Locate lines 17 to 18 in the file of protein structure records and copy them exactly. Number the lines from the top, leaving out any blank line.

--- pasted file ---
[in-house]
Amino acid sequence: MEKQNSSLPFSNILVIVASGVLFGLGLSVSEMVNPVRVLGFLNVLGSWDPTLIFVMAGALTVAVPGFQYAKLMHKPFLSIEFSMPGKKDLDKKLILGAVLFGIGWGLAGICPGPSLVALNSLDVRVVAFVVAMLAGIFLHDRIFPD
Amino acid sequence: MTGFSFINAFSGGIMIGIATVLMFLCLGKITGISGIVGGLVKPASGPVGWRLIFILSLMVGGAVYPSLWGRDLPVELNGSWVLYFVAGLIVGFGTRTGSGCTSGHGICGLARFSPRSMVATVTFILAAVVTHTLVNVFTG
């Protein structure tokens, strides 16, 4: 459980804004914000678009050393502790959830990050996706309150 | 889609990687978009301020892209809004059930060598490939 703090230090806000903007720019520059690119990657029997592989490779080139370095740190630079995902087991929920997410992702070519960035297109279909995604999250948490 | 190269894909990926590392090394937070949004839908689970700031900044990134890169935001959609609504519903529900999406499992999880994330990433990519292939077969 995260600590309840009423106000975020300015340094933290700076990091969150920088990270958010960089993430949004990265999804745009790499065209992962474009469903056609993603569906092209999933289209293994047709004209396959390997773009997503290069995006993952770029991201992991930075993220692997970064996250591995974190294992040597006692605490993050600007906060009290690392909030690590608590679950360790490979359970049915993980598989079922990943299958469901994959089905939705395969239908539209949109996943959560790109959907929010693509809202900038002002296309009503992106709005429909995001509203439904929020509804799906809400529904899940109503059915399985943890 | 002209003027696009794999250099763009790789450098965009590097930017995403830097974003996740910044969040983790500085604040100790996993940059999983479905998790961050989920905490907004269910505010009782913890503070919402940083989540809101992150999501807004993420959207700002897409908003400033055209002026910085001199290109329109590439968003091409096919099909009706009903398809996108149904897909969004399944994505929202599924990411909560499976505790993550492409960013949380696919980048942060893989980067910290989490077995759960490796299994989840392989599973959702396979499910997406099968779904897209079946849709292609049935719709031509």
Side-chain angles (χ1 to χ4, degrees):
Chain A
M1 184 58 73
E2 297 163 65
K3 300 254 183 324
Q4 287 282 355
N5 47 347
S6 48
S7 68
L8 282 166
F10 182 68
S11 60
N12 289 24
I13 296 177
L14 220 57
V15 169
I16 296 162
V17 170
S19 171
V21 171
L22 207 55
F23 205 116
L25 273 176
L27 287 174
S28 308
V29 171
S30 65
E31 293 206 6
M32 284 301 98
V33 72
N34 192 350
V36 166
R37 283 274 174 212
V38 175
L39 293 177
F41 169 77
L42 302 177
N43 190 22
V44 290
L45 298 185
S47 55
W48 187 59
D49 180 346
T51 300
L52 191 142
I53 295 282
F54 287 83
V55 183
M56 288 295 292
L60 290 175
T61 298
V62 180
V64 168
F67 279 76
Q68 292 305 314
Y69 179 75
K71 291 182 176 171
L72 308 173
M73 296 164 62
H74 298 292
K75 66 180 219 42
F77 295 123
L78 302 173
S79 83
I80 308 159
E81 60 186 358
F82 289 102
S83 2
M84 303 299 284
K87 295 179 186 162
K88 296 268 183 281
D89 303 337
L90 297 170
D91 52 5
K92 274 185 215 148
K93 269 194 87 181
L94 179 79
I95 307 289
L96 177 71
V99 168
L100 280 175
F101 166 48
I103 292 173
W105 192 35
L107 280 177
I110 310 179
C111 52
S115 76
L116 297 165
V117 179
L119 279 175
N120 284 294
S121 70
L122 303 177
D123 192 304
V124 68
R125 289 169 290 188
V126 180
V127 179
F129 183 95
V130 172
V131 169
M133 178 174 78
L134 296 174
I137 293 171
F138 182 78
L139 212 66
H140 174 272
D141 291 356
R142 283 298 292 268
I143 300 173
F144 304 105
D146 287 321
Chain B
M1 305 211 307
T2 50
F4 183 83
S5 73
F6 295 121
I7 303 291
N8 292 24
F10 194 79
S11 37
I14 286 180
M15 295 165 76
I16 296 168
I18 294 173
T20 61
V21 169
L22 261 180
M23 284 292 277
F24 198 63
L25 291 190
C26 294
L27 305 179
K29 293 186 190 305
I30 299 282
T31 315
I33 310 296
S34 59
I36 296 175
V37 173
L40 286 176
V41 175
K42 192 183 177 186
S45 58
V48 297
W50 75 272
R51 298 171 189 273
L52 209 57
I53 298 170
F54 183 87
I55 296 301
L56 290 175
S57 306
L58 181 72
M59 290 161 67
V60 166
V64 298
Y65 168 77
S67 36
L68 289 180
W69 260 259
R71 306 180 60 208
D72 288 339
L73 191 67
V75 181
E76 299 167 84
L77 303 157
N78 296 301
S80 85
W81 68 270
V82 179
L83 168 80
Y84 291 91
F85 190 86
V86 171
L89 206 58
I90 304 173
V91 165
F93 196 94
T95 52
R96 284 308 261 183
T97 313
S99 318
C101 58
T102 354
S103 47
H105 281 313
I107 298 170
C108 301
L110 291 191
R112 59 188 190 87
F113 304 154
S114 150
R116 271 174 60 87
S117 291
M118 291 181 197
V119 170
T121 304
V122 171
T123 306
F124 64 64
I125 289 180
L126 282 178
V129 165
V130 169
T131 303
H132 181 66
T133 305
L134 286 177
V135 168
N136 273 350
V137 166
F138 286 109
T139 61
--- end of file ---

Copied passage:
N12 289 24
I13 296 177